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Archaeological Survey

Author : Brian Leigh Molyneaux
ISBN : 9780759116221
Genre : Social Science
File Size : 30.5 MB
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Introduction to field survey and mapping methods for archaeologists.
Category: Social Science

Archaeology By Design

Author : Stephen L. Black
ISBN : 9780759116290
Genre : Social Science
File Size : 87.81 MB
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Introduction to designing an archaeological project, in both academic and contract contexts.
Category: Social Science


Author : Charles Robin Ewen
ISBN : 0759100225
Genre : Social Science
File Size : 70.97 MB
Format : PDF, Kindle
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How can you ensure that you are learning everything your artifacts have to teach you? Ewen explores a variety of methods and techniques used to prepare, protect, and analyze artifacts once they are in the lab. In brief, user-friendly sections, he outlines the basic principles of identification, classification, quantification, data manipulation, and analysis. Students will find that Ewen's suggestions point out fruitful areas of analysis, yet do not dictate the researcher's approach. Examples drawn from 16th century Spanish sites in the Americas introduce students to the hows and whys of archaeological lab work. Visit our website for sample chapters!
Category: Social Science

United States Cultural Diplomacy And Archaeology

Author : Christina Marie Luke
ISBN : 9780415645492
Genre : Art
File Size : 87.84 MB
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Archaeology's links to international relations are well known: launching and sustaining international expeditions requires the honed diplomatic skills of ambassadors. U.S. foreign policy depends on archaeologists to foster mutual understanding, mend fences, and build bridges. This book explores how international partnerships inherent in archaeological legal instruments and policies, especially involvement with major U.S. museums, contribute to the underlying principles of U.S. cultural diplomacy. Archaeology forms a critical part of the U.S. State Department's diplomatic toolkit. Many, if not all, current U.S.-sponsored and directed archaeological projects operate within U.S. diplomatic agendas. U.S. Cultural Diplomacy and Archaeology is the first book to evaluate museums and their roles in presenting the past at national and international levels, contextualizing the practical and diplomatic processes of archaeological research within the realm of cultural heritage. Drawing from analyses and discussion of several U.S. governmental agencies' treatment of international cultural heritage and its funding, the history of diplomacy-entangled research centers abroad, and the necessity of archaeologists' involvement in diplomatic processes, this seminal work has implications for the fields of cultural heritage, anthropology, archaeology, museum studies, international relations, law, and policy studies.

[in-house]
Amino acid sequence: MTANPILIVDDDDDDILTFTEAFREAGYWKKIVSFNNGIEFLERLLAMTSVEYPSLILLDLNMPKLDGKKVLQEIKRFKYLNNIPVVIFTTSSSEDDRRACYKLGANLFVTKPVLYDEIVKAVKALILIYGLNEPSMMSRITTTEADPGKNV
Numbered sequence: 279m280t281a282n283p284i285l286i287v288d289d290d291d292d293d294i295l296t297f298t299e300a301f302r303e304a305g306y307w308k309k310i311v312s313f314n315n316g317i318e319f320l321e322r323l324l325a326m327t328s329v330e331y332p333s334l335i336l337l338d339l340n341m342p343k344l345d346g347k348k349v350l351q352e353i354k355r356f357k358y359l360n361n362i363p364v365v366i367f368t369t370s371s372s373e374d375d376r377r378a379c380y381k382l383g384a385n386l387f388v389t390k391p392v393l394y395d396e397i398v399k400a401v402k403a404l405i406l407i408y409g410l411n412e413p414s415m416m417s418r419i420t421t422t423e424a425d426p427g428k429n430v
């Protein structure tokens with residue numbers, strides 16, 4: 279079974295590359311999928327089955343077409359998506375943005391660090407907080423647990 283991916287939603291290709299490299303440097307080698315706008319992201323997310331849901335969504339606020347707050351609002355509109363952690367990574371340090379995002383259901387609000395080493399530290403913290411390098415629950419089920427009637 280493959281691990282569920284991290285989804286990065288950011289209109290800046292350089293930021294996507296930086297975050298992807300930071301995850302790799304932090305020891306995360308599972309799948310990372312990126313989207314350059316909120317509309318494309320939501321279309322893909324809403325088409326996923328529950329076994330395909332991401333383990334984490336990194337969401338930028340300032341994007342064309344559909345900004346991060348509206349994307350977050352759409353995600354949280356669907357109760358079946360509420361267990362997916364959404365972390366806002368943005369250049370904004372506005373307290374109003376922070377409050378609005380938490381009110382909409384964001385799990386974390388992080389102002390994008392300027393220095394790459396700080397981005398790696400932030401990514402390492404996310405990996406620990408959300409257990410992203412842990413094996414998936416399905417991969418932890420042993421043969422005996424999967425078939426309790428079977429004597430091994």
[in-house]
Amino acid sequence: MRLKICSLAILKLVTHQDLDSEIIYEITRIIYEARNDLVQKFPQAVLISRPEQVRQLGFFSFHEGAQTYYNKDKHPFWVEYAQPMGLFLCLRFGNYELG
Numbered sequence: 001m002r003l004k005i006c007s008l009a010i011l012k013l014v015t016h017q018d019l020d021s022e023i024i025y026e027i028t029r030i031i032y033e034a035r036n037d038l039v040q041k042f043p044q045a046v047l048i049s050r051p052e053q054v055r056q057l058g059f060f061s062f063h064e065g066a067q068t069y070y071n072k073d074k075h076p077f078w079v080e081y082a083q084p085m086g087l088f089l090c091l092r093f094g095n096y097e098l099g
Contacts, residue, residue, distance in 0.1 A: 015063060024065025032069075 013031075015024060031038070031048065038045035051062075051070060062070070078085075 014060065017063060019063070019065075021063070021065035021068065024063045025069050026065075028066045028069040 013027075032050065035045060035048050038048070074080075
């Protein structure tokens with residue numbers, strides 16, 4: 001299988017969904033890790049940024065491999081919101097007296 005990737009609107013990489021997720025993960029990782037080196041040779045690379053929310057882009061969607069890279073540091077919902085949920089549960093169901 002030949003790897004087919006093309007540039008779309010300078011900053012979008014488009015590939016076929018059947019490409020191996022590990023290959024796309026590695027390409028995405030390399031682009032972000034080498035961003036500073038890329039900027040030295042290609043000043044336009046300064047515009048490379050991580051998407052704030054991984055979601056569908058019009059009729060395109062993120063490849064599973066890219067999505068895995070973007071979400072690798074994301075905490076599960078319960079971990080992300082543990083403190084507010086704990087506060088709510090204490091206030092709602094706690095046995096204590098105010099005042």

Category: Art

Cultural Resources Archaeology

Author : Thomas W. Neumann
ISBN : 9780759118478
Genre : Social Science
File Size : 72.36 MB
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Most students who pursue a career in archaeology will find employment in cultural resource management (CRM), rather than in academia or traditional fieldwork. It is CRM, the protection and preservation of archaeological and other resources, that offers the jobs and provides the funding. Few textbooks, however, are dedicated to teaching students the techniques and practices of this field. Cultural Resources Archaeology, now brought completely up date in this second edition and replete with new case studies from the western U.S., fills in the gap. Drawing on their decades of teaching and field experience, the authors walk students through the intricacies of CRM. They clearly describe the processes of designing a project, conducting assessment, testing, doing essential mitigation work (Phases I, II, and III), and preparing reports. The book's emphasis on real-world problems and issues, use of extensive examples from around the country, and practical advice on everything from law to logistics make it an ideal teaching tool for archaeology students who dream of becoming practicing archaeologists.
Category: Social Science

Beyond Illustration

Author : Bernard Frischer
ISBN : STANFORD:36105131736998
Genre : Social Science
File Size : 52.87 MB